The King’s Speech   (Colin Firth, Geoffrey Rush)
The Oscar darling is certainly worthy – it’s an overlooked bit of history, it’s well-acted and it’s even relatable (fear of public speaking!).    (Tremendous)

Kingdom Of Heaven   (Orlando Bloom, Liam Neeson)
Believe it or not, a movie about the Crusades seems to be about religious tolerance and living together in peace... The problem is once we've established that, it's hard to pick sides when the fighting starts.  And boy, do they fight.  And fight.  And fight.  The climactic battle is big, bloody and spectacular (this is directed by Gladiator's Ridley Scott.  The fights here look just as good as they did in Gladiator).   But that battle just keeps going and eventually made me lose interest.  (It Is What It Is)



Kiss Kiss Bang Bang   (Robert Downey, Jr., Val Kilmer)
Back in the 80's, writer Shane Black invented the cop-buddy film with Lethal Weapon... He pretty much vanished from Hollywood in recent years, but he's back with a fantastic movie that plays with the type of film he's given credit for inventing. Kiss Kiss Bang Bang has some of the moments we've seen over and over, but just as you're about to roll your eyes, narrator Robert Downey, Jr. lets you know he knows you've seen it before too.  "Too Hollywood."  (Tremendous)

Land Of The Dead (aka George Romero's Land Of The Dead)
If you don't like gross-out horror movies, no review is going to convince you.  But if you do, you will love this... Things aren't as simple anymore-- the zombies are starting to figure things out-- bright lights aren't distracting them anymore, and they're learning what guns are for.  Now they can inch closer to the city, and to Fiddler's Green, the towering haven where the rich live above them... Like the zombies, I have an admiration for brains.  In this case, Romero's.  I ate this movie up. (Tremendous)

Lakeview Terrace
   (Samuel L. Jackson, Patrick Wilson)
"If you saw the trailers, you know a lot of what happens next – which is too bad, because a lot of what happens next is pretty interesting. Thanks to Samuel L. Jackson, you still pay close attention to the movie and are afraid for the Mattsons...  Jackson never lets you forget Abel is the kind of guy who will strike down upon thee with great vengeance and furious anger those who attempt to poison and destroy his brothers."  (Tremendous)


Last Holiday   (Queen Latifah)
This time, Queen Latifah carries her movie-- a good, old-fashioned, feel-good story (in fact, it's a remake of a 1950 movie of the same name starring Alec Guinness).  She  plays a middle class retail clerk who learns she has only about three weeks to live. Instead of wasting her time at her dead-end job, she decides to live her dreams. It sounds like it could be depressing. Some of the commercials make it seem like a silly slapstick film. It's neither. It's a gentle and sweet story about making the most out of life.  (Tremendous)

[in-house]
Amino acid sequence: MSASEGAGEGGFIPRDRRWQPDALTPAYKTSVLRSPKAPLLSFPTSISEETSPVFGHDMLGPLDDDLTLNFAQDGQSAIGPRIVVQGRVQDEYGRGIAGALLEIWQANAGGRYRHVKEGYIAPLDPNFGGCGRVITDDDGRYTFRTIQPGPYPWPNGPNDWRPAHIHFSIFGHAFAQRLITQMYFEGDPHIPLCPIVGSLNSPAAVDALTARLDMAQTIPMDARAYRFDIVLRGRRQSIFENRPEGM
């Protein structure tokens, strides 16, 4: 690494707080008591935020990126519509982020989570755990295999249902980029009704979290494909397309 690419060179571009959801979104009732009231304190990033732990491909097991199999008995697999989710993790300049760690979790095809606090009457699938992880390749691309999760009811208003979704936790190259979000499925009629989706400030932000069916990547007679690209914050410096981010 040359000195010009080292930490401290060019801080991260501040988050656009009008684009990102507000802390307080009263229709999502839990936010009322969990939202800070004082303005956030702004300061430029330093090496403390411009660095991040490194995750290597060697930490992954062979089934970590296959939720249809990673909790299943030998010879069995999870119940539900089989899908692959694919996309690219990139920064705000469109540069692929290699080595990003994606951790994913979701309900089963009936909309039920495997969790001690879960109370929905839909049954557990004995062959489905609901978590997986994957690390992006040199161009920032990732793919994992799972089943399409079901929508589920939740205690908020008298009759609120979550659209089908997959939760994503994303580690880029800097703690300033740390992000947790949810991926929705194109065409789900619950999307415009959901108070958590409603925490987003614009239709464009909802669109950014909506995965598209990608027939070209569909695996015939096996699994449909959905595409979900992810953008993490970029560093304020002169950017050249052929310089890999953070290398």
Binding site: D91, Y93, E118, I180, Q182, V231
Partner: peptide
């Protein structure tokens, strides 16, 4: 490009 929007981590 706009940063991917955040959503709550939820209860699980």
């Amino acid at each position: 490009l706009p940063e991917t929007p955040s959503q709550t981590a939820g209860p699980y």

The Last King Of Scotland   (Forest Whitaker, James McAvoy)
At one point , Ugandan dictator Idi Amin reassures the press that he's not a cannibal. He's not, but actor Forest Whitaker was clearly hungry when it came to Amin.  Whitaker saw a meaty role here and decided to just devour it. It's the best work this consistently good actor has ever done... Idi Amin is the type of leading role the very talented Whitaker has never had before. Whitaker is a good actor, but let's face it, with his size and unorthodox looks, a lot of lead parts won't always come his way. But as Idi Amin, he's nearly perfect.  (Tremendous)

The Last Kiss   (Zach Braff, Jacinda Barrett)
How you feel about The Last Kiss may be determined by how close in age you are to the main characters.  Zach Braff, his friends and their girlfriends/spouses are all just about to turn 30, and all are facing different commitment/relationship issues... You won't like what Braff does, but you will like him. The Last Kiss is full of hook-ups and break-ups, but unlike Closer from last year, these are relatable characters who don't mean to do bad things. You understand what they're going through whether you've made a bad mistake yourself or just thought about it.  (Tremendous)

Leatherheads   (George Clooney, Renne Zelwegger)